Barley tariff costs China billions as minister urges open talks

Barley tariff costs China billions as minister urges open talks

Politics
NO SIGNAL: Trade Minister Simon Birmingham is still yet to hear from his Chinese counterpart about its barley tariff decision. Photo: Elesa Kurtz

NO SIGNAL: Trade Minister Simon Birmingham is still yet to hear from his Chinese counterpart about its barley tariff decision. Photo: Elesa Kurtz

Aa

The Trade Minister is still yet to hear from his Chinese counterpart,

Aa

CHINA'S tariff on Australian barley could cost the Asian superpower billions of dollars, the Trade Minister said, as he revealed he's still yet to hear from his Chinese counterpart.

All Aussie barley going into China will be hit with an 80 per cent tariff, after an 18-month Chinese investigation found Australia "dumped" the crop into the country - a fact the Commonwealth government disputes.

Trade Minister Simon Birmingham said it was "frustrating" and "disappointing" that his Chinese counterpart had not responded to his calls, and urged for open lines of communication.

"The best way to resolve and to work through differences is through dialogue," Mr Birmingham said.

"Australia is ready and willing to have that mature, sensible dialogue that grownups have, even when you have differences of opinion.

"That doesn't mean that we're going to change our values or to compromise on our policies."

Mr Birmingham said the tariff came at a significant cost to both countries.

"Australia's agricultural commodity forecaster ABARES has estimated the loss to Australia from China's decision is $330 million dollars, but the loss to China is in the order of potentially $3.6 billion," he said.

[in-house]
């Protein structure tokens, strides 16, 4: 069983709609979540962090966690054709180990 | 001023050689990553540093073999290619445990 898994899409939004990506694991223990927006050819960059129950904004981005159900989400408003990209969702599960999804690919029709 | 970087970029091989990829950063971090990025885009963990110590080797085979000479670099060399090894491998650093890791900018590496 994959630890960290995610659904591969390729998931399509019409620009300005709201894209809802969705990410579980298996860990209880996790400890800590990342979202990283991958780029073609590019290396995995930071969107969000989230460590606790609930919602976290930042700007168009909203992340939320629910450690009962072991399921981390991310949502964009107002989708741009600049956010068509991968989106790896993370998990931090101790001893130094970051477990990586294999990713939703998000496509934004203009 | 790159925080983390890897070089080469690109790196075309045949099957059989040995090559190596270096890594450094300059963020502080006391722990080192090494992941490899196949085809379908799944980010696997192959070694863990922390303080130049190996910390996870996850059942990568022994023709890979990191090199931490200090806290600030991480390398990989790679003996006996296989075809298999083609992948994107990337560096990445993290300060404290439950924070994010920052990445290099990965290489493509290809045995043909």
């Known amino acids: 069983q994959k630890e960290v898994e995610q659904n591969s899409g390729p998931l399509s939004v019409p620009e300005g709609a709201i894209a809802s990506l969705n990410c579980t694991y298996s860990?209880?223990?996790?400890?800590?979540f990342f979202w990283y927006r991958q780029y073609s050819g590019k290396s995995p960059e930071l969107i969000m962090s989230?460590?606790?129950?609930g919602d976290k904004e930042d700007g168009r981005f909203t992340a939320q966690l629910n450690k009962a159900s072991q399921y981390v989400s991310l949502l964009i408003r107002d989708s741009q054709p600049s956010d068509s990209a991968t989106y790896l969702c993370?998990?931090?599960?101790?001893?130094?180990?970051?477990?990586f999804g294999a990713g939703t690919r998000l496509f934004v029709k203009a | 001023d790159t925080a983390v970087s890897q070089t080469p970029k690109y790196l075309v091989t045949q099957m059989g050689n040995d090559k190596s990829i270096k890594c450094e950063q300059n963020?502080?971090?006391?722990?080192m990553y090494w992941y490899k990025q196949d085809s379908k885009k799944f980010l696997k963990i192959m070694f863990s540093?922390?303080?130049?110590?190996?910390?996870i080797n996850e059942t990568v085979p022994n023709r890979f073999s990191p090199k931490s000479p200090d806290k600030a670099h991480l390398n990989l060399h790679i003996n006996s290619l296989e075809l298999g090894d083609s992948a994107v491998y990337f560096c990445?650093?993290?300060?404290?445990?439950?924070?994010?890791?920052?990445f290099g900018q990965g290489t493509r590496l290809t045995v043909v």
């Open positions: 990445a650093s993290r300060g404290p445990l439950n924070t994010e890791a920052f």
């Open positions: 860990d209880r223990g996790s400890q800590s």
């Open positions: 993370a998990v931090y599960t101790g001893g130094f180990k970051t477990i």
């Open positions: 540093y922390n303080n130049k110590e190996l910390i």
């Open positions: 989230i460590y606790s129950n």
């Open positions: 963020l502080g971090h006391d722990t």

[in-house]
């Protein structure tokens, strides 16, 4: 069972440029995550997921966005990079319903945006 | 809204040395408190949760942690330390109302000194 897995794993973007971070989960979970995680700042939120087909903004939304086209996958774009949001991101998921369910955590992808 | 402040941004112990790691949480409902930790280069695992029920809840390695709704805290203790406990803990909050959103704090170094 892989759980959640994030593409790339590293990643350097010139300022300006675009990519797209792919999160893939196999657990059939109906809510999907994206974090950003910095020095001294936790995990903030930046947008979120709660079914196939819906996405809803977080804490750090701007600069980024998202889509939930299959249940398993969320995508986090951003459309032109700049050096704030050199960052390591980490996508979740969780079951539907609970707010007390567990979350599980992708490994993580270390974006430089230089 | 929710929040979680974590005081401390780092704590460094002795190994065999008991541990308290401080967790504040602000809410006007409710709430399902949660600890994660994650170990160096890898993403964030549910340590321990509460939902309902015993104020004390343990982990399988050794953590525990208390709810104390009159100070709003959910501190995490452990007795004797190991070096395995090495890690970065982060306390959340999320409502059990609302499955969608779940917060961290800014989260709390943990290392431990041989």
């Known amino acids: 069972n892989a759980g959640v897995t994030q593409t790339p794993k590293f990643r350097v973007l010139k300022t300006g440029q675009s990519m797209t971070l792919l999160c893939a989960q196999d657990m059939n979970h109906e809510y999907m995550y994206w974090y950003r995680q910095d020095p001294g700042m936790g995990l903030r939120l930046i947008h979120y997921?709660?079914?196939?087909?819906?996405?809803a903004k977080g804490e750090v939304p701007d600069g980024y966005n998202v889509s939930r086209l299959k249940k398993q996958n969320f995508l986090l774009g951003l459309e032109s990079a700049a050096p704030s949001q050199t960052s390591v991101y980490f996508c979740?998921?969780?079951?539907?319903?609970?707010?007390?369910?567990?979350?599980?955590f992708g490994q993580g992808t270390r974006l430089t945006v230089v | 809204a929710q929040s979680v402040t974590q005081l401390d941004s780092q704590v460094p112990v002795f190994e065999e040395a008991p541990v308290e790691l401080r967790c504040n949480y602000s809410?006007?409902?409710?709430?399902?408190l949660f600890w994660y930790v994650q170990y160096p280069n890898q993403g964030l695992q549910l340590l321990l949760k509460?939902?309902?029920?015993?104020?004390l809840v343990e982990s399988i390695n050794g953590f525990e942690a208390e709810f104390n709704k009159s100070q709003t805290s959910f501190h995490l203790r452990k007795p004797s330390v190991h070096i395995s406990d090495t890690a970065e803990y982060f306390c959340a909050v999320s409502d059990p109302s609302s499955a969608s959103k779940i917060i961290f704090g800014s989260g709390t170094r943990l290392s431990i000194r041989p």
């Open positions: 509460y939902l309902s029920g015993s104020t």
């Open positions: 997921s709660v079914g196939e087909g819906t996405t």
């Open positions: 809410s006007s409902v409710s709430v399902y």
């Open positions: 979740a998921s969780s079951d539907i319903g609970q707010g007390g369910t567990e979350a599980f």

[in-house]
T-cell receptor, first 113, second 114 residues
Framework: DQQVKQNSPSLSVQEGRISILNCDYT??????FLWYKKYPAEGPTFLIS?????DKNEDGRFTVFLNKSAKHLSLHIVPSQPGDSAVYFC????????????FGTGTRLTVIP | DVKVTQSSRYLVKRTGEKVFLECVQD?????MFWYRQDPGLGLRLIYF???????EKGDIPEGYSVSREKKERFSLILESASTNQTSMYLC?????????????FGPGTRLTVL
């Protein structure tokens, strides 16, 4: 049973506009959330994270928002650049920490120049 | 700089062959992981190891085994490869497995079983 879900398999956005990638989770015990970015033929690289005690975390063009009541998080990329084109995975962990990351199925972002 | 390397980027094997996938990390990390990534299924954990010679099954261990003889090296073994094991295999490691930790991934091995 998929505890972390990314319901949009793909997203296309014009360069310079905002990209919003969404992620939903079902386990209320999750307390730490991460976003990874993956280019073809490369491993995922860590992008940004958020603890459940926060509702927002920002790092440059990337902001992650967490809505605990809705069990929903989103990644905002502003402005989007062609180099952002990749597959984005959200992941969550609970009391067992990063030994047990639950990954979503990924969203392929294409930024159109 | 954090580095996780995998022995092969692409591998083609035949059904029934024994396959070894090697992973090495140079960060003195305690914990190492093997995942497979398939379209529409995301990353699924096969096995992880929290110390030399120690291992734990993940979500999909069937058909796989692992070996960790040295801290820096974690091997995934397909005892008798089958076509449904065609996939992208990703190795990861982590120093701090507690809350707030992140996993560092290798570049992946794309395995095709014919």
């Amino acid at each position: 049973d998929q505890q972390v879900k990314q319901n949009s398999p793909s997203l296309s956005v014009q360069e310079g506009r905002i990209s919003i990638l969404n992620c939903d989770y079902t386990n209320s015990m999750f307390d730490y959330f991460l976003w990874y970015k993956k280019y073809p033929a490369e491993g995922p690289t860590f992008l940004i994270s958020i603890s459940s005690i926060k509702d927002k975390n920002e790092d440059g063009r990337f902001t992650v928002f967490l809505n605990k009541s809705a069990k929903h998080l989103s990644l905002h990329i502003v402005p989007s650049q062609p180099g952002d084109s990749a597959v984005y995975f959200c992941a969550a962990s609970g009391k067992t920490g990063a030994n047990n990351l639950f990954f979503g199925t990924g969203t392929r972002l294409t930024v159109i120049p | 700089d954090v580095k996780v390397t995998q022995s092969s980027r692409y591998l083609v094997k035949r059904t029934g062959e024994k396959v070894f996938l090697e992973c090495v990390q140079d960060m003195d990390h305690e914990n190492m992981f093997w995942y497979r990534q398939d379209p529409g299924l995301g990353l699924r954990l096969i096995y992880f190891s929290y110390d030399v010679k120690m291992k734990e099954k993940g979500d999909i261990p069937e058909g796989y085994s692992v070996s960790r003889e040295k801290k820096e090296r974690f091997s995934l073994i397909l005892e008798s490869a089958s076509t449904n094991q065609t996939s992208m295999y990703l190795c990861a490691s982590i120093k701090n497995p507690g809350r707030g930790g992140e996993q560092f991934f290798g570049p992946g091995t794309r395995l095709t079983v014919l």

"That's because we produce some of the best malting barley in the world.

"We know that China's brewing industry appreciates the qualitative superiority of our malting barley."

China believes Australian farmers have been subsidised by the government, through the Farm Household Allowance scheme and water efficient initiatives in the Murray-Darling Basin, which allowed them dump barley (or sell at a very cheap rate) into the Chinese market.

The Australian government maintains there is no basis to apply anti-dumping tariffs, but Mr Birmingham reiterated the quickest way to work through the issue was a proper dialogue.

"To deal with differences, though, you do need to talk," he said.

"Like it or not, we share the same dynamic region of the world, the geography isn't going to change. We're going to be sharing this region together forever.

"We want to make sure that so far as it can be viewed as a positive relationship for the benefit of not just our two nations, but for all of the nations in this region."

Aa

From the front page

Sponsored by